Philosophy

Epictetus

Epictetus was a recognized Greek-Roman philosopher who emerged during the Hellenistic period. He managed to overcome great obstacles to go from being a crippled Roman slave to becoming one of the most popular and acclaimed philosophers of his time. He was one of the most influential teachers of the last years of Stoicism school, and some consider him the most important representative of the Stoics.

Epictetus
  • Born: 50 A.D.
  • Birthplace: Hierapolis, Turkey
  • When he died: 135 A.D.
  • Where did he die: Nicopolis, Greece

Who was Epictetus?

He was a Roman slave to Epaphroditus and a stoic philosopher who devoted himself fully to the study of philosophy and the way of leading a life based on moral aspect. He is the main representative of Stoicism.

Biography of Epictetus

Epictetus was born around A.D. 55 in the Roman city of Hierapolis. He spent his youth living in Rome as a slave of Epaphroditus, who was a rich freeman and secretary to the Roman emperor Nero. He was lame from birth, although some historians mention that he might have remained in this condition because of Epaphroditus. Even as a simple slave, he devoted himself to studying Stoic philosophy under one of the greatest Stoic masters of the time, Gaius Musonius Rufus, before being exiled from Nero for his ethical teachings.

He obtained his freedom after his master was executed by Nero’s successor, Emperor Domitian, and after his release he began to teach philosophy in Rome. In 93 B.C., Emperor Domitian decided to banish all philosophers from Rome, which is why Epictetus decided to travel to Nicopolis, a city located in northwestern Greece. In this place, he founded his own philosophical school, a school that in a short time, acquired a good reputation, attracting many Romans from the high class. His life was surrounded by great simplicity, and he had very few possessions.

According to historians, he was a powerful and famous orator who was greatly recognized for his knowledge and wisdom. According to some reports, he was more popular in his time than Plato himself, and Emperor Hadrian. He never married and had no children, and for many years lived alone, although in his old age he adopted the son of a friend and raised him as his own. Epictetus died around 135 B.C. in Nicopolis.

Thought of Epictetus

Epictetus focused mainly on ethics and came to the logical conclusion of the tendency from stoicism to reduce philosophy to Ethics. He used the role of the Stoic teacher as a stimulus for his students to discover the invariable and inviolable nature of things. For Epictetus, the nature of things is divided into two categories: things that are subject to our exclusive power, such as judgment, impulse, desire, aversion, and those things that are not, such as health, material wealth, fame. In order to achieve the ultimate goal of ataraxia or calm and serene state of mind, he thought that the philosopher should focus on those things over which he has some control, and not be affected by external objects of our life which could not be controlled.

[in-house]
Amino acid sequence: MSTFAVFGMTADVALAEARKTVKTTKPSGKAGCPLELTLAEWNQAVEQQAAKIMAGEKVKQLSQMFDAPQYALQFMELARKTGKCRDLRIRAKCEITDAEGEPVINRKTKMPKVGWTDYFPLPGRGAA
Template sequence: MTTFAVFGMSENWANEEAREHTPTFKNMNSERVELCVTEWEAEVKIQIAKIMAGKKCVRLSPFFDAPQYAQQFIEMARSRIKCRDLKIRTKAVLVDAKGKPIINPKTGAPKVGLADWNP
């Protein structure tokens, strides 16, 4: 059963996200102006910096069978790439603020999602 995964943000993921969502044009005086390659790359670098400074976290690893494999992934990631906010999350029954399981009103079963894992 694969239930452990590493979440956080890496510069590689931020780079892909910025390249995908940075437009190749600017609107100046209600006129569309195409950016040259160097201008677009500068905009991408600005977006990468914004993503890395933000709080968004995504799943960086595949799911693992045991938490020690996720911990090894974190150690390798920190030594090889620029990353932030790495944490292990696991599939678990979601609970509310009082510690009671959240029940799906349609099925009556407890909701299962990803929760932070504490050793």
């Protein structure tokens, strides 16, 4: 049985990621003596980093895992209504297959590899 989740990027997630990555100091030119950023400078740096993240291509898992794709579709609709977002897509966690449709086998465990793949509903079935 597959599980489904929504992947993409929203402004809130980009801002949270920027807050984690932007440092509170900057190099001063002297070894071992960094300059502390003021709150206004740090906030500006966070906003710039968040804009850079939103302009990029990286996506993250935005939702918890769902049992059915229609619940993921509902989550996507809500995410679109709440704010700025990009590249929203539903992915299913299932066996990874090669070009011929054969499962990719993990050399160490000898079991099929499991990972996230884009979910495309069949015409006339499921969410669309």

In this way, Stoicism teaches the development of self-control and strength as a means of overcoming destructive emotions, in order to develop a clear judgment and inner calm, whose main objective was to attain freedom from suffering. He also believed in exercising character and personal behavior because morality could not be achieved only by chance or accident but was something that had to be worked every day.

His thought can be considered as one of the main roots of the psychology of self-control, because he succeeded in exerting a great influence on the thinkers who followed him. For him, the most important thing is what we become and the kind of life we lead, because a happy and virtuous life is the same thing.

Contributions

Epictetus founded a practical philosophy that was primarily aimed at finding a way to live better, happier and more dignified lives, while at the same time achieving freedom and autonomy. He left as a legacy, his principle: to know what can be controlled and what cannot be controlled. He taught with his theory that human beings should focus on what they can control and discard the rest of things. He inherited these principles to philosophy which tells us that things do not have the capacity to hurt us, and that the things that hurt us are merely because we decide if we take things calmly or if we sink because of anger. He also taught that the will of the human being can always be controlled. He had a great influence on cognitive psychology.

Works of Epictetus

Some of his most important works are:

Life manual

His life manual is an exhortation to lead a good life, his reflections and maxims remain attached to the reality about existence to create a philosophical model of our daily behavior in order to achieve a peaceful and happy life. It tells us how we should live daily, the right way to judge things that happen to us, how to talk, how to laugh, the right way to take care of the body and food. It focuses on love and pleasures, friends, society and how to deal with accidents and misfortunes.

Phrases

Written by Gabriela Briceño V.
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